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01/13/95 PEOPLE STATE ILLINOIS v. JAMES BYRON

APPELLATE COURT OF ILLINOIS, THIRD DISTRICT


January 13, 1995

THE PEOPLE OF THE STATE OF ILLINOIS, PLAINTIFF-APPELLEE,
v.
JAMES BYRON, DEFENDANT-APPELLANT.

Appeal from the Circuit Court of the 12th Judicial Circuit, Will County, Illinois. No. 91-CF-1944. Honorable Patricia Schneider, Judge, Presiding.

Released for Publication February 22, 1995.

Present - Honorable Allan L. Stouder, Presiding Justice, Honorable Tom M. Lytton, Justice, Honorable Michael P. MC Cuskey, Justice. Justice Lytton delivered the opinion of the court: McCUSKEY, J. and Stouder, Pj., concur.

The opinion of the court was delivered by: Lytton

JUSTICE LYTTON delivered the opinion of the court:

The defendant, James Byron, was convicted of aggravated criminal sexual abuse. (Ill. Rev. Stat. 1989, ch. 38, par. 12-16(c)(1)(i).) He was sentenced to a two-year term of conditional discharge. He appeals, and we affirm.

At trial, the victim, T.C., testified that on the morning of July 10, 1991, he went with his brother and his grandfather to the defendant's farm. When they arrived at the farm, the defendant and T.C. "jogged a horse" together. T.C. explained that when someone "jogs a horse" he rides in a cart that is attached to the horse. He stated that a usual jog for a horse takes about 30 minutes to complete.

According to T.C., when he and the defendant jogged the horse, T.C. sat between the defendant's legs with his feet in the stirrups. After they jogged the first horse, T.C.'s brother and grandfather left the farm.

T.C. and the defendant then jogged another horse. After about four or five laps around the track, the defendant placed his hand underneath T.C.'s underwear and began rubbing T.C.'s penis. The defendant continued rubbing his penis until they had completed jogging the horse. While the defendant did so, he told T.C. that it was their own little secret and not to tell anyone.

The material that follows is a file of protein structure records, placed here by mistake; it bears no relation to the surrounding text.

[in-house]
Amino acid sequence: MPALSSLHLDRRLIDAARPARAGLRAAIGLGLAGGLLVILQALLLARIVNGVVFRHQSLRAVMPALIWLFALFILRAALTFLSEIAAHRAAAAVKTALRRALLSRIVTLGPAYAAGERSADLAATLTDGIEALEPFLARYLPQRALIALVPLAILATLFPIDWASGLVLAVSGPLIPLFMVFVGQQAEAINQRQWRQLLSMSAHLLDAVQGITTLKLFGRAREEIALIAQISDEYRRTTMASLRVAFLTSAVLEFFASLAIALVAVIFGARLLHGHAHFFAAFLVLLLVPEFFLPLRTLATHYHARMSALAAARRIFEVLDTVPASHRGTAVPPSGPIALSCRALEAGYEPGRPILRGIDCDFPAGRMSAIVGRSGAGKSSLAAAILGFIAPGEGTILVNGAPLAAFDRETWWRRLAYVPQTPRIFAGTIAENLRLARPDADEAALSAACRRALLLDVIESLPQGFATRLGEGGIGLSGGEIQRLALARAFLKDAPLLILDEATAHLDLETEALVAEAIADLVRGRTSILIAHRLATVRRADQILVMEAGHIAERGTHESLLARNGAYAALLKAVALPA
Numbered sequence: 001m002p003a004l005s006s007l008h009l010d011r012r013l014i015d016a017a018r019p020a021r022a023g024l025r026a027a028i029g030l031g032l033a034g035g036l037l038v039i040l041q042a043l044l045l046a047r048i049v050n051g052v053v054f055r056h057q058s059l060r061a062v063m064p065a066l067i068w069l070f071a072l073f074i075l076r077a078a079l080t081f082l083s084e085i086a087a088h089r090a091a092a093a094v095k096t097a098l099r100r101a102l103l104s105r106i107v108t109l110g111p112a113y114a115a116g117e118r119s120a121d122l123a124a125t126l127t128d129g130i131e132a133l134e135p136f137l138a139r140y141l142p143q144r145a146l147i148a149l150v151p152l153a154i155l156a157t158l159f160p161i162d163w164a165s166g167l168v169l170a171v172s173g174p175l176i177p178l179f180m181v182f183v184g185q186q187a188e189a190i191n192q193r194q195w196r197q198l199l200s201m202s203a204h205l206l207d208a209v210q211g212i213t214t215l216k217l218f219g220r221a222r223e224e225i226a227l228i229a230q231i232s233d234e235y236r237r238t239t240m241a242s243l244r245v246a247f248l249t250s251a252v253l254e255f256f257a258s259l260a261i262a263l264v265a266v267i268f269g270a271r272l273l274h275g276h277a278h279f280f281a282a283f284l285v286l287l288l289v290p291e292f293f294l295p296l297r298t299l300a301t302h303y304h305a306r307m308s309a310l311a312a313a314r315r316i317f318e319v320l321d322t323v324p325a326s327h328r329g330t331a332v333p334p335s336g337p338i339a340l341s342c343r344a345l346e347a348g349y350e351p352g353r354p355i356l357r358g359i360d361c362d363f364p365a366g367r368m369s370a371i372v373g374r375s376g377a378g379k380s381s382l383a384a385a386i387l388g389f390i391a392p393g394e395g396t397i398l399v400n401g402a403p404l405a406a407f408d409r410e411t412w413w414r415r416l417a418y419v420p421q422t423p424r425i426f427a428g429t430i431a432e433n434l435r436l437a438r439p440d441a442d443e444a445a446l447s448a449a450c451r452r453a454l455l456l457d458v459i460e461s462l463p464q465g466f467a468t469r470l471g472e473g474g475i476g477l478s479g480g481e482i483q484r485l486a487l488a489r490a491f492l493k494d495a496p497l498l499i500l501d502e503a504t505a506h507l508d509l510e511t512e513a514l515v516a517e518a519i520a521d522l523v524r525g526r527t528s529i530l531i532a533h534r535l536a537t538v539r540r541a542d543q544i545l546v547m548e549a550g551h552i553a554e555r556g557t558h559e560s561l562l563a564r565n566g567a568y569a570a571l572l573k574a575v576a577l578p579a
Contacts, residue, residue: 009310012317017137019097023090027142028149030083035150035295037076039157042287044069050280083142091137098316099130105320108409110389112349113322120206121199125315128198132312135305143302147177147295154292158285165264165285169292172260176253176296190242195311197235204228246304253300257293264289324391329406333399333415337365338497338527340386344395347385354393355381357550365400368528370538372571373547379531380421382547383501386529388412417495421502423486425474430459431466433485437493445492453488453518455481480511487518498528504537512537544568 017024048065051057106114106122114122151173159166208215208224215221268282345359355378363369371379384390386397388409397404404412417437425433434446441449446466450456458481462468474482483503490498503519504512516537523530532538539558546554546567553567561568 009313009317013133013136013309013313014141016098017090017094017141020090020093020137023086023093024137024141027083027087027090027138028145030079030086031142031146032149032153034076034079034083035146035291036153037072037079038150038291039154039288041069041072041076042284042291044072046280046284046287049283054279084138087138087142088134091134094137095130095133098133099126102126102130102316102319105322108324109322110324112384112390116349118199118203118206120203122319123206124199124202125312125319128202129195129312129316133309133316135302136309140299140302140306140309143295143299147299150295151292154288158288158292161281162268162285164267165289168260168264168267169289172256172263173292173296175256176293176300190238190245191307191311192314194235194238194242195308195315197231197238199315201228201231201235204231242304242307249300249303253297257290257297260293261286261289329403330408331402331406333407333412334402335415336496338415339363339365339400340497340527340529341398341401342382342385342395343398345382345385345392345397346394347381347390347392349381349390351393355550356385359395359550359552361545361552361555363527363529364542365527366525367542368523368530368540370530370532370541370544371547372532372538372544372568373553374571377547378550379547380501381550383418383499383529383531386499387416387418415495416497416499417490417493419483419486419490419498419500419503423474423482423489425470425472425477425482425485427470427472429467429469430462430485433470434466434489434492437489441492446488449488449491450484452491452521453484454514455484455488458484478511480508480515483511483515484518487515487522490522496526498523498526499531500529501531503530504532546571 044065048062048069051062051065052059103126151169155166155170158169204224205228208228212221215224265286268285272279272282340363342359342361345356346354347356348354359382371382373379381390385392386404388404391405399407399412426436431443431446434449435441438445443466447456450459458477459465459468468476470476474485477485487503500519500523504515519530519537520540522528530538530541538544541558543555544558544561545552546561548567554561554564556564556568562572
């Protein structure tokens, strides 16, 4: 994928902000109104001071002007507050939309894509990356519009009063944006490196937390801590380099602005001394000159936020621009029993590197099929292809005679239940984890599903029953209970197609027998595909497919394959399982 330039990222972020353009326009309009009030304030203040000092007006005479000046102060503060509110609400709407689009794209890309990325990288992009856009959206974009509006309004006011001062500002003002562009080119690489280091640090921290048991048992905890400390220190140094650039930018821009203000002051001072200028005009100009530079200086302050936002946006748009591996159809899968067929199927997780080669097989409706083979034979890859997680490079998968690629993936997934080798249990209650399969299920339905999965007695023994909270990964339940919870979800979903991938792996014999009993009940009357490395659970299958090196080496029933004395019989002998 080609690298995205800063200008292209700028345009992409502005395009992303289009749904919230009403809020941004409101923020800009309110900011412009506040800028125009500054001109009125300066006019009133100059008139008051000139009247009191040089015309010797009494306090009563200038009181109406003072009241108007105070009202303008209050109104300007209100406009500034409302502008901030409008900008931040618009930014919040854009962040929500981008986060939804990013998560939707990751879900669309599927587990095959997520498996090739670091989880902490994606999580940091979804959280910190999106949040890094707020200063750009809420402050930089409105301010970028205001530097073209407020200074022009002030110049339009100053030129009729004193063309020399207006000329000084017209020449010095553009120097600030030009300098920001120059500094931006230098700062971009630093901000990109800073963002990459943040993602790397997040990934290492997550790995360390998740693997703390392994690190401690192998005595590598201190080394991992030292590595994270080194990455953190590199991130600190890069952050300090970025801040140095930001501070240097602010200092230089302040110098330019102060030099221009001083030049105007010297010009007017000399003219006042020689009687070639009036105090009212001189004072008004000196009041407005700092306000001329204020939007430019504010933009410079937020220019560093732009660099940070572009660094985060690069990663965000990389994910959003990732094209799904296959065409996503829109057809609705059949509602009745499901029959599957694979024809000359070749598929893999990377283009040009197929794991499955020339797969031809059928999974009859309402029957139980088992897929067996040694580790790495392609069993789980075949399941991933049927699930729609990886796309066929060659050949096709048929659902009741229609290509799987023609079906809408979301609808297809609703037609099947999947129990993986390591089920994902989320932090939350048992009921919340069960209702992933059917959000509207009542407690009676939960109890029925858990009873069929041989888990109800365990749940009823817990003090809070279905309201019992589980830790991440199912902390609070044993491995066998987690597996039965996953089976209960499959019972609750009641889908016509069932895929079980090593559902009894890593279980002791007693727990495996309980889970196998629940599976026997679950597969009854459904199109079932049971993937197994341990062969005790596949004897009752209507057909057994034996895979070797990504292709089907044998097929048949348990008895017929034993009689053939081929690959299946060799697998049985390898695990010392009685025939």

T.C. further testified that Jack Pfeiffer and the defendant's cousin, Peggy Chapman, were in the barn when T.C. and the defendant returned from the track. T.C. did not tell them what had happened because he was scared. T.C. then watched the defendant jog another horse until the defendant drove him home.

As soon as he arrived home, T.C. told his sister that he had been with the defendant and the defendant had grabbed his penis. She immediately called T.C.'s mother at work. T.C. then talked to his mother on the phone. At this point in T.C.'s testimony, the defendant objected to any further testimony regarding these conversations. Specifically, the defendant argued that no proper foundation had been laid for that testimony. He also argued that T.C.'s testimony was inadmissible hearsay since the State was trying to bolster T.C.'s credibility through the use of self-serving statements. The trial court overruled the defendant's objection.

T.C. then continued to testify about the conversation that he had on the phone with his mother. He stated that he told his mother that the defendant had reached into his pants and rubbed his penis. He also noted that he was interviewed by police officers at 5 p.m. and again a few hours later. He did not testify to the substance of those conversations.

On cross-examination, T.C. admitted that he did not speak to anyone after the incident until he returned home and spoke to his sister.

After T.C. testified, the court held a hearing to determine whether certain hearsay statements were admissible pursuant to section 115-10 of the Code of Criminal Procedure of 1963 (Ill. Rev. Stat. 1989, ch. 38, par. 115-10). At the hearing, T.C.'s mother and sister testified to the statements T.C. made to each of them. Their testimony was consistent with T.C.'s testimony about what he had told them. Additionally, T.C.'s sister testified that although she did not know what time T.C. got home that day, she thought that it was sometime in the afternoon. T.C.'s mother testified that when she talked to T.C. on the phone at around 12:30 p.m. he was very upset. The trial court overruled the defendant's objection to the admission of the testimony of T.C.'s mother and sister.